In Alameda county, California lawmakers are considering a contentious bill that would end lifetime registration for certain sex offenders. The lawmaker who introduced the bill, Nancy O’Malley, and the District Attorney of Alameda County’s intent is to save the state money, since it is extremely expensive to monitor sex offenders.
Senate Bill 421 would reorganize the sex offender registry into a tiered system and group existing registered offenders into three categories based on the severity of their crimes. A certain number of offenders would be dropped from the list as soon as 2018. “There are people who are still registering who are now 80 years old and they register every year because when they were 18 years old they exposed themselves, there’s injustice in some of that,” says Ms. O’Malley.
The bill passed the state Senate’s Committee on Public Safety on last month. Proponents of the new bill say that lightening the work load of law enforcement will give them more time to focus on high-risk offenders that actually need monitoring.
Currently, a state tax force has 2,500 sex offenders to keep track of. There is currently an estimated 104,000 registered sex offenders statewide.
Potential Changes in California’s Sex Offender Registry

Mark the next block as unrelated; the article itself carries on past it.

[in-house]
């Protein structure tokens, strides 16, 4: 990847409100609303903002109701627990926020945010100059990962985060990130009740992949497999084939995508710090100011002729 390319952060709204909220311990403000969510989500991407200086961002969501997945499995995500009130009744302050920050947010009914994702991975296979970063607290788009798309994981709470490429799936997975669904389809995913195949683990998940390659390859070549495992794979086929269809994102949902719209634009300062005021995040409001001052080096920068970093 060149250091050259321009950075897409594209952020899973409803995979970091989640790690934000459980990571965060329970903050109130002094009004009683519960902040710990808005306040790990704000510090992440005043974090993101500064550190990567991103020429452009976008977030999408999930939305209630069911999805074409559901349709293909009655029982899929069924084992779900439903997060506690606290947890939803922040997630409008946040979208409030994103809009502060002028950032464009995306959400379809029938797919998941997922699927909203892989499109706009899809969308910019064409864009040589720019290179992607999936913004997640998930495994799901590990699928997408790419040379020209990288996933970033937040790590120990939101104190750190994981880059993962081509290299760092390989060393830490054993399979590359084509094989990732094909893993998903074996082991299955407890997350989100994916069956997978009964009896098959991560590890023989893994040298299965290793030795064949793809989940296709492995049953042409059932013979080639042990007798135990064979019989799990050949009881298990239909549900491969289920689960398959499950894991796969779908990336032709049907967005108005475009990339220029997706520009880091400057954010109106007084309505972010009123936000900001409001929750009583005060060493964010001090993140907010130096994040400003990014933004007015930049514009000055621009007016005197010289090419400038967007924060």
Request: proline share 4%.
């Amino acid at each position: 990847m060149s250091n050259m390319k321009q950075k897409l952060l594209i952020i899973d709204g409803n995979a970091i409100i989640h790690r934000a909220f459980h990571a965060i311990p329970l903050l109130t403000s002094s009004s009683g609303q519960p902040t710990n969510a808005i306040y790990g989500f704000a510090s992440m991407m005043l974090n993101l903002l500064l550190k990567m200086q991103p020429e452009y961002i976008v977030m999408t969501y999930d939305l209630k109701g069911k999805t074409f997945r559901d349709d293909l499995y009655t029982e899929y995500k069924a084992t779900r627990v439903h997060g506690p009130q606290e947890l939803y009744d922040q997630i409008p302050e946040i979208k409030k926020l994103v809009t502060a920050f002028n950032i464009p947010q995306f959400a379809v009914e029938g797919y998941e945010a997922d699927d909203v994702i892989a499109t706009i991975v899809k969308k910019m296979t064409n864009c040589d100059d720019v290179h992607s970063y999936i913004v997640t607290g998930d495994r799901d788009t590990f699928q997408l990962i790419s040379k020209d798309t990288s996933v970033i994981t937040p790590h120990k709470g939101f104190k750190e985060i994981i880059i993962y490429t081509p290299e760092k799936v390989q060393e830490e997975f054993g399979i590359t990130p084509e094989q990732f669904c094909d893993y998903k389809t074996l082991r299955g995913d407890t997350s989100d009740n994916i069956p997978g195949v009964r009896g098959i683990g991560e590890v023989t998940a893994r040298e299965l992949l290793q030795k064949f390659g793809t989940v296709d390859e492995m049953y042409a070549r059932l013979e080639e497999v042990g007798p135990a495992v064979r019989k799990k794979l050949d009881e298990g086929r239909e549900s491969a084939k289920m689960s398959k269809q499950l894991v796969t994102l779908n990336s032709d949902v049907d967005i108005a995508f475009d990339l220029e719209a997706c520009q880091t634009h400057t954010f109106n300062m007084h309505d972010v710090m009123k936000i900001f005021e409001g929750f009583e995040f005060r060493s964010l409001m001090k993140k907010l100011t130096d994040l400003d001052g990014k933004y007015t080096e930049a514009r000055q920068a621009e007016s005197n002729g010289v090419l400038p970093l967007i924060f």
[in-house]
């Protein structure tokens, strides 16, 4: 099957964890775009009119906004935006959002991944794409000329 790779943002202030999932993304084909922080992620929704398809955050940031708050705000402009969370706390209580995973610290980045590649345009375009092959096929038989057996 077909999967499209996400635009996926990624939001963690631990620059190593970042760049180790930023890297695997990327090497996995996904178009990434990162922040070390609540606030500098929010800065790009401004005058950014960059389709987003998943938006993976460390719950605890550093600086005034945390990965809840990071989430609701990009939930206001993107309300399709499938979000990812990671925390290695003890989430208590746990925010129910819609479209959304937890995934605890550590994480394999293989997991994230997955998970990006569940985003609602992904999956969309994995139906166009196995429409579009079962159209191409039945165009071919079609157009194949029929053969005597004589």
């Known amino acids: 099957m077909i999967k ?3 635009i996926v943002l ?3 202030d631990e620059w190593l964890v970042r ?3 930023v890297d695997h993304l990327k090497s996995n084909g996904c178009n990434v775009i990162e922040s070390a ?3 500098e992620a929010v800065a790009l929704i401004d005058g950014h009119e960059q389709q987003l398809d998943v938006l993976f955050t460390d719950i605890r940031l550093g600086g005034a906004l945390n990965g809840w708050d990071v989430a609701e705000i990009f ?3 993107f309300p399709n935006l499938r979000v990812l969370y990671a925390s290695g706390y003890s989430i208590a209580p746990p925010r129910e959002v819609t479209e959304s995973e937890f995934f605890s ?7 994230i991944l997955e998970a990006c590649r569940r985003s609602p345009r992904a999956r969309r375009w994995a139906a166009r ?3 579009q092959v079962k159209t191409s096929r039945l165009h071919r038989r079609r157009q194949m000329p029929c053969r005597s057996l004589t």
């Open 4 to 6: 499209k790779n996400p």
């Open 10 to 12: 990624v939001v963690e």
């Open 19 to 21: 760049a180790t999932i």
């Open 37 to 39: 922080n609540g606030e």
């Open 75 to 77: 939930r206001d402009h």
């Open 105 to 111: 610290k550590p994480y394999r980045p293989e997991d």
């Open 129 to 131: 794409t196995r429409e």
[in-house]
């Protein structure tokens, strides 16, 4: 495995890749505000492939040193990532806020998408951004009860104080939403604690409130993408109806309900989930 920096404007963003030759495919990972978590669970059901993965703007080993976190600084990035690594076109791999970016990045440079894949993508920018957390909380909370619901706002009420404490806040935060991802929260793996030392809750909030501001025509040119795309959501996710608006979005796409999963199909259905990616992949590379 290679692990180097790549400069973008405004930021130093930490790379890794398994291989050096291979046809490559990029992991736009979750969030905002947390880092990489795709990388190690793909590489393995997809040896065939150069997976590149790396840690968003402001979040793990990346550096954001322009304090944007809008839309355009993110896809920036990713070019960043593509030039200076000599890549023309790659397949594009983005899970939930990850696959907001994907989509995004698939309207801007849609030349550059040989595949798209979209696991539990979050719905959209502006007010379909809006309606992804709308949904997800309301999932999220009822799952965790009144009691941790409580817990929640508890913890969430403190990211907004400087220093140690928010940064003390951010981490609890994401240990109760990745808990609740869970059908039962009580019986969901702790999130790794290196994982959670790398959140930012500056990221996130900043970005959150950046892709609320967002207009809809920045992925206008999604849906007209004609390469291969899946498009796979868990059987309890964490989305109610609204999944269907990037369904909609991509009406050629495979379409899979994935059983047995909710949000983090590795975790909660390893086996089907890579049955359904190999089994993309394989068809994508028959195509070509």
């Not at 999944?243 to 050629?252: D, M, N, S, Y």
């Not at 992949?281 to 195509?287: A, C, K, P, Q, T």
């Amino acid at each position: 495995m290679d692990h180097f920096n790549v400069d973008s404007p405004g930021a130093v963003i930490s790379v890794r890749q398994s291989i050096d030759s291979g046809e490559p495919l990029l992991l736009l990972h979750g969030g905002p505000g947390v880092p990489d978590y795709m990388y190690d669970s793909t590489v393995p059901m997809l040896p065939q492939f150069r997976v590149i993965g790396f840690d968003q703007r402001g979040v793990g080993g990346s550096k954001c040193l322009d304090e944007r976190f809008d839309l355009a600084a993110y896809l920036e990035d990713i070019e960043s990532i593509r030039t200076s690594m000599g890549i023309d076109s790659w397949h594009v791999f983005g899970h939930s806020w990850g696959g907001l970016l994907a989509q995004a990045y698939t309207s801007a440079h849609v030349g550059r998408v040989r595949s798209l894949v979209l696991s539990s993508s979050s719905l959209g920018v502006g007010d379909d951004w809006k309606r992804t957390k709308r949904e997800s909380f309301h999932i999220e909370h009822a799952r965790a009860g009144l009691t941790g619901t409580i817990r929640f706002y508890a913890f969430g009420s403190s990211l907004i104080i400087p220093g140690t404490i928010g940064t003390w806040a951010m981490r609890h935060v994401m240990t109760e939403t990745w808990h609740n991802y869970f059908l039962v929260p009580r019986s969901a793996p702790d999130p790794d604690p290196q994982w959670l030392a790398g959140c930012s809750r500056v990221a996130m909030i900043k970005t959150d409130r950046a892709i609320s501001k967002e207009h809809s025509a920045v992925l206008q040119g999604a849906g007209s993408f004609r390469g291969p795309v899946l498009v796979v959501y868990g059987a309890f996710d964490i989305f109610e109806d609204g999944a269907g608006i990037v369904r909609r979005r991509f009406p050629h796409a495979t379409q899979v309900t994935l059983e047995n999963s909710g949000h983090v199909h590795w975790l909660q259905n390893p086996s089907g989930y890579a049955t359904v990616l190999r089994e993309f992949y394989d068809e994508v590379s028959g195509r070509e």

Most U.S. states already have a tiered system for sex offenders. But under current California law, all sex offenders have to register with law enforcement for the rest of their lives, no matter if they committed a nonviolent misdemeanor crime like indecent exposure (ie. urinating in public) or a violent felony rape.
If passed into law, S.B. 421 would create a tiered system for sex offenders:
- Tier 1: Misdemeanor or non-violent sex offenders would have to register for 10 years. This encompasses situations like when a young college student has too much to drink and exposes him or herself publicly.
- Tier 2: Convicts who committed serious or certain violent offenses would have to remain on the list for 20 years.
- Tier 3: Violent high-risk sex predators will remain on the list for the rest of their lives. This includes sex offenders who violated Megan’s Law.
A sex offender’s removal from the registry would not be automatic. Offenders who qualify for removal would still have to petition the court and have their application reviewed by their local district attorney, who has to consider factors like the risk of re-offending. Continue reading